I caused a Ruckus - Ruckus Boston Baby!

Has anyone seen my mind? I think I lost it after signing up for another obstacle course race. No? No one has it?

Yeah, apparently I didn't lose it ... I am just living a new "normal."

Last week, I was chatting with the social media crew from Ruckus Sports - an organization that puts on a race series in nine or 10 different cities in the US.

Simply put on their website:

The Ruckus obstacle race series combines best in class obstacles, unparalleled spectation, a wildly popular kids course, and an after party for all. The result? The most fun, rewarding, and family friendly event anywhere. Ruckus is challenging enough for the elite, yet achievable for all.

So I was tweeting with @ruckussports and next thing I know, I have a complimentary entry into the June 15 9am wave of the Ruckus Boston event. (Note: thoughts on the race are 100% my own!)

boston ruckus


How does this happen?

Okay, I know how it happens. I keep seeking out new ways to push the limits of my comfort zone ... and an obstacle course run fits the bill.

On Saturday, June 15, my #1 spectator (the wife) and I woke up at 6am and got our butts in gear to head to the race in Marshfield, Mass, which is about 45 minutes away from our house.

We had to be out the door by 6:45 in order to hit up Dunkin' Donuts before embarking on the trek to Marshfield. We parked ($10 per car) at 7:45, which allowed plenty of time to get squared away before the Start.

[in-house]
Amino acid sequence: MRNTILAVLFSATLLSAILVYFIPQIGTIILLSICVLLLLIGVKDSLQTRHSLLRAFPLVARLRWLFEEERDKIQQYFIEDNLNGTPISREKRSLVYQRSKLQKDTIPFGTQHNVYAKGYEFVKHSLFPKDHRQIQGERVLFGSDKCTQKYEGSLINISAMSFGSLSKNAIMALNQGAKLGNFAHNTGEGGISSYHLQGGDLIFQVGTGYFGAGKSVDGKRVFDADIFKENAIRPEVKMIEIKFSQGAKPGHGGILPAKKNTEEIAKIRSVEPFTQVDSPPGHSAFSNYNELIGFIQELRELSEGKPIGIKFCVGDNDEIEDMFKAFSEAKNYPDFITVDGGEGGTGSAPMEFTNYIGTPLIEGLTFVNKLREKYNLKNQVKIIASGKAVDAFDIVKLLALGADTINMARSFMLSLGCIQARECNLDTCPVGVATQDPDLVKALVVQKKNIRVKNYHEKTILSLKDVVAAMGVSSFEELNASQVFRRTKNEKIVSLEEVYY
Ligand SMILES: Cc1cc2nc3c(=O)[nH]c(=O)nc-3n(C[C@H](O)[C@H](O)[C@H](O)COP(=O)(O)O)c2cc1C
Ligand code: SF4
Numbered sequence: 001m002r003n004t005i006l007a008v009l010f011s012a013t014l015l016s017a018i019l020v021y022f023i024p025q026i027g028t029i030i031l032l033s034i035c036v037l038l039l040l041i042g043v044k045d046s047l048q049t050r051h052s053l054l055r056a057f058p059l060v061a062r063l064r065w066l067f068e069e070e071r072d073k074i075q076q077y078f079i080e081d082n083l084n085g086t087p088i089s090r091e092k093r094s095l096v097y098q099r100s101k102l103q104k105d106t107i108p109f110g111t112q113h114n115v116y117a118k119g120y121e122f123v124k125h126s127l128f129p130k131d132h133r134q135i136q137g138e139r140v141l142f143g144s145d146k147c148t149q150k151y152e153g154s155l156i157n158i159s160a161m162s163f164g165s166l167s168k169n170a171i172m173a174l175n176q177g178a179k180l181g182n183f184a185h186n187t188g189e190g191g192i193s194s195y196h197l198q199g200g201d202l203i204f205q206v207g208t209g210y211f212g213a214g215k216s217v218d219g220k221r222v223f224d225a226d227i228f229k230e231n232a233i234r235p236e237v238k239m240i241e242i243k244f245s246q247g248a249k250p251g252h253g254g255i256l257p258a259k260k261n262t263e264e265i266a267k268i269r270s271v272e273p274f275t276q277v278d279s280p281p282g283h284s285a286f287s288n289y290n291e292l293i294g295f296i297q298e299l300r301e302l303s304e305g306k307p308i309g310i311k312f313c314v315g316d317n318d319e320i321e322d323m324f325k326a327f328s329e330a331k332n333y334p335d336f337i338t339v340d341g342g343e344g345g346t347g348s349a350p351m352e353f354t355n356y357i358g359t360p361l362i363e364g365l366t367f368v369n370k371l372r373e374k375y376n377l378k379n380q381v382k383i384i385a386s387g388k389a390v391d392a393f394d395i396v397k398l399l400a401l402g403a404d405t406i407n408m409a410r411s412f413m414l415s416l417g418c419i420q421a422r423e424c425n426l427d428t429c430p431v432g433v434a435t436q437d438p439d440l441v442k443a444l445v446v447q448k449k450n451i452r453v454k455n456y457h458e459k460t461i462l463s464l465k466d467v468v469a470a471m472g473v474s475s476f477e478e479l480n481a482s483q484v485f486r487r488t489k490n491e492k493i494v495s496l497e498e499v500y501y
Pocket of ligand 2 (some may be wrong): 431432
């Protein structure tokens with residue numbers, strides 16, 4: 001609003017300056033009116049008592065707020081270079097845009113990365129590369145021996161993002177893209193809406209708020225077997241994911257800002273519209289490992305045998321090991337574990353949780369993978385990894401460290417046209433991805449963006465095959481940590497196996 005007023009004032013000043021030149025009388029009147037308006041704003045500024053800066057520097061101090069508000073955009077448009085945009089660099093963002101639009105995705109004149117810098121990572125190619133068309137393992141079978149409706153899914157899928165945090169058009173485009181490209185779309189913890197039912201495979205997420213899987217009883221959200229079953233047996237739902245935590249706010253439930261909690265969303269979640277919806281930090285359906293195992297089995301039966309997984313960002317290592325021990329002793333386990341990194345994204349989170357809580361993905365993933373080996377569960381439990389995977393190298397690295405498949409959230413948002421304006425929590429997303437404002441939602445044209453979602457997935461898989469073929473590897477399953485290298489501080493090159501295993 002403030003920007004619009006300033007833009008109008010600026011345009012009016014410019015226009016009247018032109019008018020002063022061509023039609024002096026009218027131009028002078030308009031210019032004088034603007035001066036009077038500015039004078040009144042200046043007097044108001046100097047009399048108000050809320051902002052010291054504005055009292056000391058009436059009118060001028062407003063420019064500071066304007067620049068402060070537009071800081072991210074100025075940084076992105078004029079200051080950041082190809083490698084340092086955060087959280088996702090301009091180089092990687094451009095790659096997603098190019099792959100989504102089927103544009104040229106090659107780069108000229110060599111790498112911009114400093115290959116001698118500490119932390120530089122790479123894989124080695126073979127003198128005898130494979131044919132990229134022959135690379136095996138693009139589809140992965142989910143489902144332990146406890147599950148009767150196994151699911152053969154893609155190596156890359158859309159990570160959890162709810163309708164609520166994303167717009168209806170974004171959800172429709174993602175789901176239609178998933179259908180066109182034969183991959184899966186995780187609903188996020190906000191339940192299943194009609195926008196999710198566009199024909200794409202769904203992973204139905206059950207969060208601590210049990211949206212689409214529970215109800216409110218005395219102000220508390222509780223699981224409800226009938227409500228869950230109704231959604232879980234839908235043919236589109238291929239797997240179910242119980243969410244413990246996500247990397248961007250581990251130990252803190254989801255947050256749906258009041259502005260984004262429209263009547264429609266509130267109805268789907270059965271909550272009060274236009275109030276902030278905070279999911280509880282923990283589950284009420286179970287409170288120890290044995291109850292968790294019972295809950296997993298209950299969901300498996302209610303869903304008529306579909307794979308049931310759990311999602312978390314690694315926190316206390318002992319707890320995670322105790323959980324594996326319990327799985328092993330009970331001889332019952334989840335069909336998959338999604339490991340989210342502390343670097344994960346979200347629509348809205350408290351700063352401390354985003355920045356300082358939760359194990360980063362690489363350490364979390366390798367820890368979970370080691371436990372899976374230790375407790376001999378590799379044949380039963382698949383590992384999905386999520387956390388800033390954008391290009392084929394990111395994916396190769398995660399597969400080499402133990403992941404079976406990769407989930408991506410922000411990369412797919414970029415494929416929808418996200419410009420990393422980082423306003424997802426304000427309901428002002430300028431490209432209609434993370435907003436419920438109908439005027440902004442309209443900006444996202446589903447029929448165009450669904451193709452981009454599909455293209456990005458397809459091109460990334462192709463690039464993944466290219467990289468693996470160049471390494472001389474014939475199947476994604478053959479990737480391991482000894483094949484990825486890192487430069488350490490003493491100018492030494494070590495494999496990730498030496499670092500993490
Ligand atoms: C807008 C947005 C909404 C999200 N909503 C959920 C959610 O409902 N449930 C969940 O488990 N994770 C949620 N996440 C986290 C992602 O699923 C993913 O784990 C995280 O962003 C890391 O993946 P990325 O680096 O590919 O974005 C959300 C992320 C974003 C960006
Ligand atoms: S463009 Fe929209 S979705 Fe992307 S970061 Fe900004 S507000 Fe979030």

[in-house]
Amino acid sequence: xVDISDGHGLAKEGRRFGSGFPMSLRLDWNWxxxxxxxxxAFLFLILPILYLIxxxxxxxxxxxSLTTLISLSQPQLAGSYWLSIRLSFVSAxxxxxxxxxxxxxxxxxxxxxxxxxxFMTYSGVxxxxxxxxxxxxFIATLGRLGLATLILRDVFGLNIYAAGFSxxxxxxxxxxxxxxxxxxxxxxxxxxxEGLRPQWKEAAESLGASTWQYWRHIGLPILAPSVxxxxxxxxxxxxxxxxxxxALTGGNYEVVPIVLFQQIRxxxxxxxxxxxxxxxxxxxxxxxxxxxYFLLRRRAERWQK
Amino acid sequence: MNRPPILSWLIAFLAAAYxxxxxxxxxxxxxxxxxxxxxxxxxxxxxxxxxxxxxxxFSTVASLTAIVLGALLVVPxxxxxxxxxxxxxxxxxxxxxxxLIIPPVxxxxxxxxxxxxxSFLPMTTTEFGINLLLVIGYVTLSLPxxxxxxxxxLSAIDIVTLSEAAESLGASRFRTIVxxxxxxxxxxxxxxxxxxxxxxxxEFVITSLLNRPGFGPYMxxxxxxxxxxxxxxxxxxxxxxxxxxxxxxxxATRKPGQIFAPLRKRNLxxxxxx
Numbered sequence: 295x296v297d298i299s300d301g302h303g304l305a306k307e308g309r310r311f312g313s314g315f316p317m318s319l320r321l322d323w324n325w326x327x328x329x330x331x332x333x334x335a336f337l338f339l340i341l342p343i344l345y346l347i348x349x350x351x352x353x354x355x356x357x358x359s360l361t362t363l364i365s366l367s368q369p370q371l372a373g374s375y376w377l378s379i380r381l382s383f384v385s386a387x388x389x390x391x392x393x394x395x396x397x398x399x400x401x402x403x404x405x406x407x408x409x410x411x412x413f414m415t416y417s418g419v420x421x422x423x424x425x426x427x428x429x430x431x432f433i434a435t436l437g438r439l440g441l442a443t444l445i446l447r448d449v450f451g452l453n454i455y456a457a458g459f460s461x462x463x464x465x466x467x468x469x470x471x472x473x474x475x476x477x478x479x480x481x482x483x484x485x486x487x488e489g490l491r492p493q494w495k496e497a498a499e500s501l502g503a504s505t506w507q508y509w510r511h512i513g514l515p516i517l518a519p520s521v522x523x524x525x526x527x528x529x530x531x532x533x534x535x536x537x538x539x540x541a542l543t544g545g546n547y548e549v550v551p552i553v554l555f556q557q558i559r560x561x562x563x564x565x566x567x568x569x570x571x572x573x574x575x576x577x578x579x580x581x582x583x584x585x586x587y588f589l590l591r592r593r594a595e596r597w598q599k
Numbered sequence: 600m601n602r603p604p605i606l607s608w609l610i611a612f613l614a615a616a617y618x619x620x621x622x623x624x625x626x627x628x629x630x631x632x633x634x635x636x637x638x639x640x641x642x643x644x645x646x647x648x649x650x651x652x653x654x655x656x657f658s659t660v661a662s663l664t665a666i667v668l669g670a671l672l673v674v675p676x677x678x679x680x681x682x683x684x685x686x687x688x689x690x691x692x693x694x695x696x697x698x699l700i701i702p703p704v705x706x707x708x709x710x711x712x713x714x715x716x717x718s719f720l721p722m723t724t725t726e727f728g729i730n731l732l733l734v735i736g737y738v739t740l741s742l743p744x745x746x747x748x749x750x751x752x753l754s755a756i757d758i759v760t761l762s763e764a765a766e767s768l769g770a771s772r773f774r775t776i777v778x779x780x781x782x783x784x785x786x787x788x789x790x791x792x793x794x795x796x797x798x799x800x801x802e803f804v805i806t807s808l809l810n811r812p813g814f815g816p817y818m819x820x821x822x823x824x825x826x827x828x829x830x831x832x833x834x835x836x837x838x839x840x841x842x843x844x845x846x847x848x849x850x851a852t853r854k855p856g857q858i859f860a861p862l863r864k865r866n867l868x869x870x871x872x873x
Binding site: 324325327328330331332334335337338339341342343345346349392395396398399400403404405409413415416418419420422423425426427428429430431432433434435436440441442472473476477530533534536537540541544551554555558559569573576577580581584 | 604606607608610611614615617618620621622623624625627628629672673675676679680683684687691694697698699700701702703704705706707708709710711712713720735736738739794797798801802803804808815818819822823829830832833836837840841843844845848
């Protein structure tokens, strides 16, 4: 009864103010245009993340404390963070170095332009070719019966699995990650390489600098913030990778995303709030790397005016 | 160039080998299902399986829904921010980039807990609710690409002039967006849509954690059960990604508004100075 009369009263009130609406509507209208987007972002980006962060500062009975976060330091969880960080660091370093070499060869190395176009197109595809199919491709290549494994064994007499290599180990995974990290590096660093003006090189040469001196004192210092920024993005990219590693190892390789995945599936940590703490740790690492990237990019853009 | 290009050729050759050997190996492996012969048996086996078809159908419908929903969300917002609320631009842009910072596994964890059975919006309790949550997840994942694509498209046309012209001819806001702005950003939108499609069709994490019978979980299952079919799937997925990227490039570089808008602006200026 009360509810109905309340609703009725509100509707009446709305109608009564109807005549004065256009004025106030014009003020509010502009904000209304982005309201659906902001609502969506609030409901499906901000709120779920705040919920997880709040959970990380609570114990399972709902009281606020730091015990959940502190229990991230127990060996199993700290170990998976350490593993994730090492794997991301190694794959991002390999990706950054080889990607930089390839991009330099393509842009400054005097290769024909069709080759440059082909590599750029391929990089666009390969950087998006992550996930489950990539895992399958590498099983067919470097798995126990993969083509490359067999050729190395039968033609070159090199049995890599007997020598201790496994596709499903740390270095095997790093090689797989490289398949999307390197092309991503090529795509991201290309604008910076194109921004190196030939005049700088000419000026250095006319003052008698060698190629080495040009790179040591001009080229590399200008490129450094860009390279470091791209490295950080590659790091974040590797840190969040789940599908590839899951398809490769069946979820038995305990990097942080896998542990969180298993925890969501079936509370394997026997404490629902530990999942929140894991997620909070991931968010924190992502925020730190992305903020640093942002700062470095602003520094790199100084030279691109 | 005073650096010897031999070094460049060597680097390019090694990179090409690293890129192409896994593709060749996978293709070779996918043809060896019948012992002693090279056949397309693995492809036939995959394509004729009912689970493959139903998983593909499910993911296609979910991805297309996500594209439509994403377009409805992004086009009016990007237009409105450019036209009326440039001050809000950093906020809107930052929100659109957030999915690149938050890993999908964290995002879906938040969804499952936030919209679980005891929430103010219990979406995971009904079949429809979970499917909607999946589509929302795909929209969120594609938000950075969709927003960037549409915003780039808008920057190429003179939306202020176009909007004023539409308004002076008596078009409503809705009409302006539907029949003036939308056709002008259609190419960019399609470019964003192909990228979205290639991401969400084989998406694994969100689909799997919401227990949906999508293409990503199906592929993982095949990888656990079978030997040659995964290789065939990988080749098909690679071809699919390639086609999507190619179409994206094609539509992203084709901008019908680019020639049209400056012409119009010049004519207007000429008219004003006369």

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The registration area was nicely laid out with bib #s posted for those that couldn't remember theirs (like myself), a table with waiver forms for those who forgot theirs at home (again like me) and plenty of volunteers distributing bibs. While I picked up my bib and my wristband for my complimentary post-race beer, the wife hit up Spectator registration and paid the $10 to be able to watch me run the course.

Ruckus Sports wrote on their website:

This year’s course was built specifically with spectators in mind, and as a result, much of the course is visible to spectators. Spectator passes can be purchased on-site for $10 (cash only). Children under the age of 10, and registered participants do not need to purchase a spectator pass.

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How cool was the entrance?

This entrance actually doubled as part of an obstacle so those entering the field for later waves actually walked under the racers. Cool!

We walked past the "expo" area where companies were set up with samples, etc.

But, I was too wrapped up in my own nerves to stop at any of the tables.

Just after walking past the sponsors, I noticed that the 8am wave was kicking off.

Okay then, less than an hour til GAME TIME!

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This large contraption was the final obstacle ... a large inflatable slide!

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Yes!! I knew this would be my favorite part. :P

Before I knew it it was 8:45 and time to head to the Start area. Eek! I was more nervous for this race than the 3 marathons I've done.


Because I am still working on my upper body strength so obstacles scare me.